The outer boundary of the cytoskeleton: a lamina derived from plasma membrane proteins

Cell. 1979 Aug;17(4):859-65. doi: 10.1016/0092-8674(79)90326-x.

Abstract

We prepared the cytoskeletal framework by gently extracting cells with Triton X-100. Lipids and soluble proteins were removed, leaving a complex meshlike structure which contains the cell nucleus and is composed of the major cell filament networks as well as the microtrabeculae with attached polyribosomes. The surface sheet or lamina covering this structure contains most of the cell surface proteins by the following criteria. Intact cells are labeled externally with radioiodine and then extracted with detergent. The iodinated poteins remain almost entirely with skeletal framework. A new major integral protein, the coat protein of Sindbis virus, is inserted into the plasma membrane of infected cells. This new protein is heavily iodinated and remains almost completely associated with the framework after extraction. Lectin binding and poliovirus binding sites are also retained after detergent extraction. Our results indicate that plasma membrane proteins form a sheet or lamina upon removal of lipids. This lamina reproduces even complex surface convolutions and appears to be supported by and intimately connected to the underlying skeleton. In this case, the surface lamina, and hence the plasma membrane of the original intact cell, might be viewed as a component of the cytoskeletal framework.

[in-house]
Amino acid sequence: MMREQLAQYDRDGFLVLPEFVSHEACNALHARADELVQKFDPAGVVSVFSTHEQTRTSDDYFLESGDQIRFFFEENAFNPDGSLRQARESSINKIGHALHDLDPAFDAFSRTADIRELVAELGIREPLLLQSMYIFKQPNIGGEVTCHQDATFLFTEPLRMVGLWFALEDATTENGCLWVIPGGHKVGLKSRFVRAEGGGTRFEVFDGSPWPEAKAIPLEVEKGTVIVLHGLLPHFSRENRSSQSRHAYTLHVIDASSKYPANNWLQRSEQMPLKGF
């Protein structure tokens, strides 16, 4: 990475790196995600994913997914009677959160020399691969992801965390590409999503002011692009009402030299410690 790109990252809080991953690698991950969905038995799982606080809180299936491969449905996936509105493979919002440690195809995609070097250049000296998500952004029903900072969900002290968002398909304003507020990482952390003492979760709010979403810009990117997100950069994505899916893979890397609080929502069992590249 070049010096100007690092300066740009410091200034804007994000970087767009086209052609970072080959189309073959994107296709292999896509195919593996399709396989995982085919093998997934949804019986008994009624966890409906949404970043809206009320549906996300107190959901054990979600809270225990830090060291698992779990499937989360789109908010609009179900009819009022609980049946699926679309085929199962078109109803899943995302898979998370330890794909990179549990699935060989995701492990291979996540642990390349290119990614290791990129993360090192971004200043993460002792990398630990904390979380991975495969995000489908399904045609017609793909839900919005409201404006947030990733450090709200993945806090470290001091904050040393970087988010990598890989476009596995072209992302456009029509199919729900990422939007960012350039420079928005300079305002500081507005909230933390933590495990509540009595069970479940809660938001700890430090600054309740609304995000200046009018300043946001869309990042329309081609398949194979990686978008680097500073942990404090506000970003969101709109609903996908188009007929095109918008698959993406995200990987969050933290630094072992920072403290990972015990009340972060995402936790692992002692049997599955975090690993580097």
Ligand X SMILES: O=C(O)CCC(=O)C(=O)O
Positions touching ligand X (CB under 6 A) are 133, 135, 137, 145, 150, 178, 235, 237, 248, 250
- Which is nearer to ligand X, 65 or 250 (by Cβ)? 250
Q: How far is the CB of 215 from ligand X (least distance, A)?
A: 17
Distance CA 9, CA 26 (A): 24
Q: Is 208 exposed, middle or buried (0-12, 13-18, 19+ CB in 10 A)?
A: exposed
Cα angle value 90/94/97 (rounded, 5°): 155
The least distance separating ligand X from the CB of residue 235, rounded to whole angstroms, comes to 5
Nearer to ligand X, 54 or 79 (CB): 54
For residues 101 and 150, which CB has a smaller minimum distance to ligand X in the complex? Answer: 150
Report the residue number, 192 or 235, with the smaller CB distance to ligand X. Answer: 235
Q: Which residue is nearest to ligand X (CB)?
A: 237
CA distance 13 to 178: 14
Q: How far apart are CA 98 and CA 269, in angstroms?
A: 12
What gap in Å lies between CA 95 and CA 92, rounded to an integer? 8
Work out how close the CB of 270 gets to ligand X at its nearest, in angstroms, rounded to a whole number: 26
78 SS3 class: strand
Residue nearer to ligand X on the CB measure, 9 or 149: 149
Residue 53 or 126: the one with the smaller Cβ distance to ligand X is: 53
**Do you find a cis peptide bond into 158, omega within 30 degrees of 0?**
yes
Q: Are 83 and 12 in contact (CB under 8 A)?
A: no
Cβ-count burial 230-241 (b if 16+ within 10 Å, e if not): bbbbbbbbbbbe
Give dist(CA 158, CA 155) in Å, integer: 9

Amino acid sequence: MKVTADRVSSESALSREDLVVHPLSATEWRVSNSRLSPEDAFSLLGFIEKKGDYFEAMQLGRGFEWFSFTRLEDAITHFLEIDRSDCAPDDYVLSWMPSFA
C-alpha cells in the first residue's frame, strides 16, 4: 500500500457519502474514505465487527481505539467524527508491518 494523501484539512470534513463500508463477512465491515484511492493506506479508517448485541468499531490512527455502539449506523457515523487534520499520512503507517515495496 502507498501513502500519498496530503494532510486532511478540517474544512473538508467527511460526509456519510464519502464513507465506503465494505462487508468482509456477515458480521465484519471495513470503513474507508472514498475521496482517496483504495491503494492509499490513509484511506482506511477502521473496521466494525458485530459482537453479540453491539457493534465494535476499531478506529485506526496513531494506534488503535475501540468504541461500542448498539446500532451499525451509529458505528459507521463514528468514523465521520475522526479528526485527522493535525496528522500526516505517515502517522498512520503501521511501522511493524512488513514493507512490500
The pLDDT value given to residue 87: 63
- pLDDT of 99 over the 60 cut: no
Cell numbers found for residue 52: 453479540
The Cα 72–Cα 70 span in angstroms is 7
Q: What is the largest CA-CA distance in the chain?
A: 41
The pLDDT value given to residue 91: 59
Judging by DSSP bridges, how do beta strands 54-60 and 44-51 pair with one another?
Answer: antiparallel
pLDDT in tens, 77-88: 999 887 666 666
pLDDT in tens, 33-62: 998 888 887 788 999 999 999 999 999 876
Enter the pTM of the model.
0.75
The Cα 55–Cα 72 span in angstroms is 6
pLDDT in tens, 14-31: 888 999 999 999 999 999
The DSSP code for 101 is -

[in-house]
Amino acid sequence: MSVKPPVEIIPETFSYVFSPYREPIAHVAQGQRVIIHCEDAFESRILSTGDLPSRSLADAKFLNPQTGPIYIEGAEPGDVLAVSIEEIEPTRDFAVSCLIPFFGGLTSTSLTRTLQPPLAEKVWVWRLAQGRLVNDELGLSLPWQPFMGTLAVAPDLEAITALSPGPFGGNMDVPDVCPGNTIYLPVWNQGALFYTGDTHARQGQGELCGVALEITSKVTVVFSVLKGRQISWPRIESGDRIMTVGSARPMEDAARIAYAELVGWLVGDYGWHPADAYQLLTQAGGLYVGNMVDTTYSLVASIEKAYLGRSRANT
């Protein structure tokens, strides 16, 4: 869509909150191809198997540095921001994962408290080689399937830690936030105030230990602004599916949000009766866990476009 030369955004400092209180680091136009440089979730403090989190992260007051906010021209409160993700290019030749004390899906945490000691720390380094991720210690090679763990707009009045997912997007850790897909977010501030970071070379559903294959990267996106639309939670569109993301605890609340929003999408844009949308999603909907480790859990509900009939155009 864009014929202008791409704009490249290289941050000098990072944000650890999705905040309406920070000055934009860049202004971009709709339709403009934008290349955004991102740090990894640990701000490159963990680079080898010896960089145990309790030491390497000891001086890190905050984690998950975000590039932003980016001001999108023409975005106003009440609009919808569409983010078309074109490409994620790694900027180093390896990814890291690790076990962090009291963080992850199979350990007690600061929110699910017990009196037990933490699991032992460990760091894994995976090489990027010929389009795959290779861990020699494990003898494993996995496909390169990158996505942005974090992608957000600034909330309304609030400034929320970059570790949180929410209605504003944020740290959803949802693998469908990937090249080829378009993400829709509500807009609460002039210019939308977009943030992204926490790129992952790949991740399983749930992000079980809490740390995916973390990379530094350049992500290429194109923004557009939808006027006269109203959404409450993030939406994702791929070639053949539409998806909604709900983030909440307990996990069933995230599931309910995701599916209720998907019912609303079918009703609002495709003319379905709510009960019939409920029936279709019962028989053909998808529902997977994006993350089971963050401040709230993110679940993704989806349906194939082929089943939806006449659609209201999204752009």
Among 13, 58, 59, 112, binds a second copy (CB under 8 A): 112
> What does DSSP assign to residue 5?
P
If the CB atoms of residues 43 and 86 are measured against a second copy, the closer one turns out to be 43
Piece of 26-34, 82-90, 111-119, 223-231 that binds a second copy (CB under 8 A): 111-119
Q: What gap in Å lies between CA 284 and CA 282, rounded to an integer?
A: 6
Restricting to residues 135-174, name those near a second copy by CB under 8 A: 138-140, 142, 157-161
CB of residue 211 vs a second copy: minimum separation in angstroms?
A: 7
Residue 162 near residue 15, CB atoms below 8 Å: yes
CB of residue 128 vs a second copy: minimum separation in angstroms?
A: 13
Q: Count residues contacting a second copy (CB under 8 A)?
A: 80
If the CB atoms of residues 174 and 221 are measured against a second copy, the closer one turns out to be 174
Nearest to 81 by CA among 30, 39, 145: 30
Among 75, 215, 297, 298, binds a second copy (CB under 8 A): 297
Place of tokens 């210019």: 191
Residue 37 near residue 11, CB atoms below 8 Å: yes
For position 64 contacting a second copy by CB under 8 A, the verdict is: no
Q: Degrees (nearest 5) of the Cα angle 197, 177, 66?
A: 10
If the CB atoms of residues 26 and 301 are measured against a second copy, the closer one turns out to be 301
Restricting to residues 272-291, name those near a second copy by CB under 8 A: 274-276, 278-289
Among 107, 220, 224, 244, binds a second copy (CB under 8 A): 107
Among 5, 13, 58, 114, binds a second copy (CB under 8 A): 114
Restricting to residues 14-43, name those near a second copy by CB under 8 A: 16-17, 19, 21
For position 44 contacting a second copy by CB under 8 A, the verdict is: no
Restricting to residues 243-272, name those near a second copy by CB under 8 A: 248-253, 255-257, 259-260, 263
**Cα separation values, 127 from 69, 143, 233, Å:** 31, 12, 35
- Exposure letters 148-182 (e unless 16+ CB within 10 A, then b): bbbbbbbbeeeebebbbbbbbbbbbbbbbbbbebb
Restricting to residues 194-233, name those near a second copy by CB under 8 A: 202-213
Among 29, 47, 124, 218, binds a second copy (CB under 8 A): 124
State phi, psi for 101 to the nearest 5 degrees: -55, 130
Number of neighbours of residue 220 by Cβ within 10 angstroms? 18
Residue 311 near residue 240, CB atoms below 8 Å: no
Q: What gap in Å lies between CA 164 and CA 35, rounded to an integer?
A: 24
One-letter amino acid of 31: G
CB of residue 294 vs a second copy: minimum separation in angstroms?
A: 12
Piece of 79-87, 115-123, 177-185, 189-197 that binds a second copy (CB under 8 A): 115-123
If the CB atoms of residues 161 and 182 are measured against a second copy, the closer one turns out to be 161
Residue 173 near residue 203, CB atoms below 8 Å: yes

Publication types

  • Research Support, U.S. Gov't, Non-P.H.S.
  • Research Support, U.S. Gov't, P.H.S.

MeSH terms

  • Animals
  • Cell Membrane / metabolism*
  • Cell Membrane / ultrastructure
  • Cells, Cultured
  • Cricetinae
  • Cytoplasm / metabolism*
  • Cytoplasm / ultrastructure
  • Cytoskeleton / metabolism*
  • Cytoskeleton / ultrastructure
  • Humans
  • Membrane Proteins / metabolism*
  • Mice
  • Microscopy, Electron
  • Receptors, Concanavalin A / metabolism
  • Receptors, Virus / metabolism

Substances

  • Membrane Proteins
  • Receptors, Concanavalin A
  • Receptors, Virus